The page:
Distancing Author and Narrator

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The line between fiction and non-fiction has always been blurry, but an author’s choice of genre—be it novel, memoir, or even autobiography—results in different relationships between the reader and narrator. Writing in HTMLGIANT, Art Edwards takes a closer look at these relationships and the effects that genre choice has on the narrative.

That’s where the power of fiction truly lies: Despite my wanting to know more about the novelists who write the novels I love, reading one isn’t the act of me learning about the writer’s life. It’s a metaphoric meeting place outside both writer and reader where the two come together. The novel can bridge further physical, cultural, emotional and experiential points, creating a connection that feels deeper.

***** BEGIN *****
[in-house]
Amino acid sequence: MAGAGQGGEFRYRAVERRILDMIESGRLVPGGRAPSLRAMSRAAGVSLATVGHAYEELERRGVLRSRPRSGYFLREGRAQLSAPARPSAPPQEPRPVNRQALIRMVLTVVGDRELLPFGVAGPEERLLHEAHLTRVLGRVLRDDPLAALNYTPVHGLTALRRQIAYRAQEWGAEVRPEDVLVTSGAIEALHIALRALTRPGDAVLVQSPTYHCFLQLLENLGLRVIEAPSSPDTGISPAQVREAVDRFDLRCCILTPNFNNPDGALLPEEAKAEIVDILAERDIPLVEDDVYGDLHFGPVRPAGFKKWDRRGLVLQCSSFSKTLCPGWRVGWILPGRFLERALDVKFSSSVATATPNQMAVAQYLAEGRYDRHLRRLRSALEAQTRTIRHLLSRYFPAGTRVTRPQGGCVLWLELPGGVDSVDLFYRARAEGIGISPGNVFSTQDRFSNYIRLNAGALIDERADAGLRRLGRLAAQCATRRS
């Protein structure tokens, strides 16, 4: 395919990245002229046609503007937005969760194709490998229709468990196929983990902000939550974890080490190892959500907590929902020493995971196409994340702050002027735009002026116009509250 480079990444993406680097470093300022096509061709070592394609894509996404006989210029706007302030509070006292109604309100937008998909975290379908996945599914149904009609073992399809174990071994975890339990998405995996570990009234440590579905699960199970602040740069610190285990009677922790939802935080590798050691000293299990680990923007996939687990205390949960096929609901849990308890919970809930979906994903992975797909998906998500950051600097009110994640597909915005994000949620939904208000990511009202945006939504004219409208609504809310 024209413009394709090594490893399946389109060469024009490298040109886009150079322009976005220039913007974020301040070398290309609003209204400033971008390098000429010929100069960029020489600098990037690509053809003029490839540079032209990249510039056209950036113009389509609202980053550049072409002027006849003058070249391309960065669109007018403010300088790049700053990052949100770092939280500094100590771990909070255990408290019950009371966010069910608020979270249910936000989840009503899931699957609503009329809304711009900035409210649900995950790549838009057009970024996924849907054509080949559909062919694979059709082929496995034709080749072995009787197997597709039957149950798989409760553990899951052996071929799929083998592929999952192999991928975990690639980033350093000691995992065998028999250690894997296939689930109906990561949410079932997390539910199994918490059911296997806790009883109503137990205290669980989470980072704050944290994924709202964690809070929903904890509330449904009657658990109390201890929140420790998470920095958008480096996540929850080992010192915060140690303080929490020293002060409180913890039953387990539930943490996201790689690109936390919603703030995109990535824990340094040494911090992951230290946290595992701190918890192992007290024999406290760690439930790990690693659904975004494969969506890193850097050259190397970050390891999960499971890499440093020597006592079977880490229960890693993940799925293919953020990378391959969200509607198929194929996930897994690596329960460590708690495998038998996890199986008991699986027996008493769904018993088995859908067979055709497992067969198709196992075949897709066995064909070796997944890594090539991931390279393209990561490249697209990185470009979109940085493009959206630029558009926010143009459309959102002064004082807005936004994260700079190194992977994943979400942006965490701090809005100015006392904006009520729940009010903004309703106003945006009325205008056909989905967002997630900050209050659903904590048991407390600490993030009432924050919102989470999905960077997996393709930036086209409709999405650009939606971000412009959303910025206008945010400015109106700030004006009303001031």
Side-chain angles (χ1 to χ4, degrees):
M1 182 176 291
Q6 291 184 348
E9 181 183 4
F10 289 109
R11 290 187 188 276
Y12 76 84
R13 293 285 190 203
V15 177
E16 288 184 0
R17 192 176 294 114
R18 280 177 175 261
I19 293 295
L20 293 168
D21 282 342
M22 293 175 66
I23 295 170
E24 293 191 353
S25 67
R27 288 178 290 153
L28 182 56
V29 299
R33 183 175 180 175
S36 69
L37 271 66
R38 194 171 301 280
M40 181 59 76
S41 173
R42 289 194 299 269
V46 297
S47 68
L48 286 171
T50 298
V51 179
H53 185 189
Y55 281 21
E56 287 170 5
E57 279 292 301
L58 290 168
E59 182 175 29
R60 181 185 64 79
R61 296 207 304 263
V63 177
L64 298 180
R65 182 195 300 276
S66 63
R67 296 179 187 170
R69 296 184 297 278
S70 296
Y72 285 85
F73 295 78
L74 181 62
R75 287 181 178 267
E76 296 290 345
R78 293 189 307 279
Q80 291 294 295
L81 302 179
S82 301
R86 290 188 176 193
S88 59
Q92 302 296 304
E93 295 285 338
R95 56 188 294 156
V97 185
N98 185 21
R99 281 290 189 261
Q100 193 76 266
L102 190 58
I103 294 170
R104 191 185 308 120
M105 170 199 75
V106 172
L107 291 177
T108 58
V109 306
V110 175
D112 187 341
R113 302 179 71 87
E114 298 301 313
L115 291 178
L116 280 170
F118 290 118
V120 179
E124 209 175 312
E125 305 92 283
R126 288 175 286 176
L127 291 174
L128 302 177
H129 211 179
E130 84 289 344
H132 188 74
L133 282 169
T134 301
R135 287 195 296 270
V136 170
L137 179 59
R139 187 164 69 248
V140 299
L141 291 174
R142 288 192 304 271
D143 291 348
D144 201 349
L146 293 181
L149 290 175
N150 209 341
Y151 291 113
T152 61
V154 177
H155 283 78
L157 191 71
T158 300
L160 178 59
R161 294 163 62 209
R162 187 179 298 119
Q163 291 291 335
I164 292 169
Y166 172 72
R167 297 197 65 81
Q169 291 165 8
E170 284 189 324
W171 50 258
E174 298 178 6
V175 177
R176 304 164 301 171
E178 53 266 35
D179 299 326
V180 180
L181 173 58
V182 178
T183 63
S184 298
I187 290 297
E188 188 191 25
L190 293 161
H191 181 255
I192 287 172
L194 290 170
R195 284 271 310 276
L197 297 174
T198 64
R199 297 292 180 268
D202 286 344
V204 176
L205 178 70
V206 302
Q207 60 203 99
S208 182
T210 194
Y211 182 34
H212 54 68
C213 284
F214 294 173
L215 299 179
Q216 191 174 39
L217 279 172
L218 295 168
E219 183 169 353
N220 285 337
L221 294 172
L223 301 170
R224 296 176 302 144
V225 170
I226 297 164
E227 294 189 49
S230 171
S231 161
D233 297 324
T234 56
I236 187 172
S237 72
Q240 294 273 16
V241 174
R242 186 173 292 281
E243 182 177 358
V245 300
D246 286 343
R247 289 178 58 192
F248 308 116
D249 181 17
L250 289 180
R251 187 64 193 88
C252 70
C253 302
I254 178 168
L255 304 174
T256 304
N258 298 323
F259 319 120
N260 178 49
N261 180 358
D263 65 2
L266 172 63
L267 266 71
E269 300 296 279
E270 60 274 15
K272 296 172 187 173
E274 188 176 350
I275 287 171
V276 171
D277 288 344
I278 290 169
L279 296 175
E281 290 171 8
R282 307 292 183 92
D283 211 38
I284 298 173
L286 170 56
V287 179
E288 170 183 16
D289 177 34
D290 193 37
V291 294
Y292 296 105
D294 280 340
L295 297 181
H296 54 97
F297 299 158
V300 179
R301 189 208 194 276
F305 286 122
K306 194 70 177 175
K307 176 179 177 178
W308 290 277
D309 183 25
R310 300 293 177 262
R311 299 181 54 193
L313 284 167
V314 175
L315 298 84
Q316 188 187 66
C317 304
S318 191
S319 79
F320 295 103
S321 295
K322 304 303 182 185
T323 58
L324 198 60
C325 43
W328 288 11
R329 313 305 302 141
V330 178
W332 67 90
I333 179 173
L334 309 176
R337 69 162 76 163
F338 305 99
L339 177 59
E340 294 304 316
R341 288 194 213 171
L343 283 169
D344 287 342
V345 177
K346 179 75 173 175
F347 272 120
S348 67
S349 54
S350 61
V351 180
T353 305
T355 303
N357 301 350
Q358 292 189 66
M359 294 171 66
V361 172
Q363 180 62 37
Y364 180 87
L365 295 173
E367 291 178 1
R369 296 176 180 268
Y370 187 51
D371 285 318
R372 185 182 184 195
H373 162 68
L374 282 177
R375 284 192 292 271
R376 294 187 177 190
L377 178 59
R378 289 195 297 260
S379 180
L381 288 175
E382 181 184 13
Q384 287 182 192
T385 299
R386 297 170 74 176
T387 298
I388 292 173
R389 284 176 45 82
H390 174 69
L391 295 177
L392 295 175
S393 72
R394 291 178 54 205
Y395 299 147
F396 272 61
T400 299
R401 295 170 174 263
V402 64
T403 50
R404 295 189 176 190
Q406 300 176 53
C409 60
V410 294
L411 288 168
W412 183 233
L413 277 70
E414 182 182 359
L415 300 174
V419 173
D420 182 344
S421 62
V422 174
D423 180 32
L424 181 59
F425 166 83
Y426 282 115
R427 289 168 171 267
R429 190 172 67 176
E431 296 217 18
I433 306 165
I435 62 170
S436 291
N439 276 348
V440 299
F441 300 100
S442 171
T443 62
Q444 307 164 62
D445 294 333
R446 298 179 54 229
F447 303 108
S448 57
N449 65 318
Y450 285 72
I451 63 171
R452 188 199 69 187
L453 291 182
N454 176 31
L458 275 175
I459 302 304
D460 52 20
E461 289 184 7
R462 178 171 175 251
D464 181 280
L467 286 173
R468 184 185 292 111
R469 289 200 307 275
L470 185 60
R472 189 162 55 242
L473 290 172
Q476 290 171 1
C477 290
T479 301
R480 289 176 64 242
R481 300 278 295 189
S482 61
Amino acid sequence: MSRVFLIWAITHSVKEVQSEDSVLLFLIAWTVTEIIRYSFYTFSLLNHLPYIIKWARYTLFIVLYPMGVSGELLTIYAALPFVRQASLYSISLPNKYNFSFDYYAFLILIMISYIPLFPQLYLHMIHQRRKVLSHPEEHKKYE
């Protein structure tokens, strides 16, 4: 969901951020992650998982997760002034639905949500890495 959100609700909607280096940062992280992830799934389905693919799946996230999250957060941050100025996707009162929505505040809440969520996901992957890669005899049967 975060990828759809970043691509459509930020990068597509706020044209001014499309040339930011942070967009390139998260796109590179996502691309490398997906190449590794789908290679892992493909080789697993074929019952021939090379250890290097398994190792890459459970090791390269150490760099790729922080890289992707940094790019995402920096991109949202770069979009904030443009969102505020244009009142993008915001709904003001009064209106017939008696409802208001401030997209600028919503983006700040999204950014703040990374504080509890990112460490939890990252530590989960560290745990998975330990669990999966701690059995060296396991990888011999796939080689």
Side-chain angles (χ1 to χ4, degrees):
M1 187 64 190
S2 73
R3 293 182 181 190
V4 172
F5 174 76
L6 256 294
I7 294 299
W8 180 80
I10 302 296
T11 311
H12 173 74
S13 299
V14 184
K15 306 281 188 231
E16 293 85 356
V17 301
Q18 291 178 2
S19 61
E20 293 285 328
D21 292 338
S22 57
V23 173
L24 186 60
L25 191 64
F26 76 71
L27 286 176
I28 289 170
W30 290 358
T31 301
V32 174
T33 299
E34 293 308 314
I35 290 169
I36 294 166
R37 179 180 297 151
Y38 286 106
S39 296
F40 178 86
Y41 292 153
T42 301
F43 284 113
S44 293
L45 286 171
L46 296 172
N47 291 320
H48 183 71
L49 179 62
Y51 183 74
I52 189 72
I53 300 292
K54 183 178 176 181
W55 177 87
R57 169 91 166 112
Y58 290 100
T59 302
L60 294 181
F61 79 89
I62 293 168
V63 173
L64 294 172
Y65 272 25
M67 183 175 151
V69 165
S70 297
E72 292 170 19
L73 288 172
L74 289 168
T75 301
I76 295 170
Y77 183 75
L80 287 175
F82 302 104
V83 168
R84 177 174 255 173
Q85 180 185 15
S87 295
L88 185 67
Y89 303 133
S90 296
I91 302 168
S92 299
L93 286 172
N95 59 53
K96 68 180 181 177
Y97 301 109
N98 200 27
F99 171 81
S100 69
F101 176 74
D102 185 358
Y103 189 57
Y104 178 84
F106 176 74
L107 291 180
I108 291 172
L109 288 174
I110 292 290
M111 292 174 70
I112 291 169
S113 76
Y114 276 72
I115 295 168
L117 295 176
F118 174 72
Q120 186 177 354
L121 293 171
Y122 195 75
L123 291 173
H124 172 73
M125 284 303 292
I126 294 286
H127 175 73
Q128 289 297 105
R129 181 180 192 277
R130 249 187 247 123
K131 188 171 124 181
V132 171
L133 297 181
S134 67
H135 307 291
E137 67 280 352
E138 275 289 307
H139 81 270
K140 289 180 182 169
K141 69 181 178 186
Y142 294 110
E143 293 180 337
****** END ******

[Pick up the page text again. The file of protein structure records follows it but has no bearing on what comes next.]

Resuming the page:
Ian MacAllen is the author of Red Sauce: How Italian Food Became American (Rowman & Littlefield, April 2022). His writing has appeared in Chicago Review of Books, Southern Review of Books, The Offing, 45th Parallel Magazine, Little Fiction, Vol 1. Brooklyn, and elsewhere. He tweets @IanMacAllen and is online at IanMacAllen.com. More from this author →